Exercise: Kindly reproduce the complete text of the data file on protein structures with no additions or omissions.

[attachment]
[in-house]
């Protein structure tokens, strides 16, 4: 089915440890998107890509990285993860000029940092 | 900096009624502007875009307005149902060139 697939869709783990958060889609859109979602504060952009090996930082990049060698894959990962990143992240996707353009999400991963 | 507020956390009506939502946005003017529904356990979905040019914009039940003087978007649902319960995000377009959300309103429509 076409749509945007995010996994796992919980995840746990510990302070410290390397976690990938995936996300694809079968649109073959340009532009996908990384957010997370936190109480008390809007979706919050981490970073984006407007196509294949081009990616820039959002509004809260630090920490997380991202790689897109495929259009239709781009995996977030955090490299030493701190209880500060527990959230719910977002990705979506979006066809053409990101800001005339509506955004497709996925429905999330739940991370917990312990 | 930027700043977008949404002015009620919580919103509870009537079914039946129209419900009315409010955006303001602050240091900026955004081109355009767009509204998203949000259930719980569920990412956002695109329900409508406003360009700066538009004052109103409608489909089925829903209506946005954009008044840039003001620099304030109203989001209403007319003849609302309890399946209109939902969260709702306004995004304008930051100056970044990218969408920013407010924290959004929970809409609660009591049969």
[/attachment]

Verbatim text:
[in-house]
């Protein structure tokens, strides 16, 4: 089915440890998107890509990285993860000029940092 | 900096009624502007875009307005149902060139 697939869709783990958060889609859109979602504060952009090996930082990049060698894959990962990143992240996707353009999400991963 | 507020956390009506939502946005003017529904356990979905040019914009039940003087978007649902319960995000377009959300309103429509 076409749509945007995010996994796992919980995840746990510990302070410290390397976690990938995936996300694809079968649109073959340009532009996908990384957010997370936190109480008390809007979706919050981490970073984006407007196509294949081009990616820039959002509004809260630090920490997380991202790689897109495929259009239709781009995996977030955090490299030493701190209880500060527990959230719910977002990705979506979006066809053409990101800001005339509506955004497709996925429905999330739940991370917990312990 | 930027700043977008949404002015009620919580919103509870009537079914039946129209419900009315409010955006303001602050240091900026955004081109355009767009509204998203949000259930719980569920990412956002695109329900409508406003360009700066538009004052109103409608489909089925829903209506946005954009008044840039003001620099304030109203989001209403007319003849609302309890399946209109939902969260709702306004995004304008930051100056970044990218969408920013407010924290959004929970809409609660009591049969």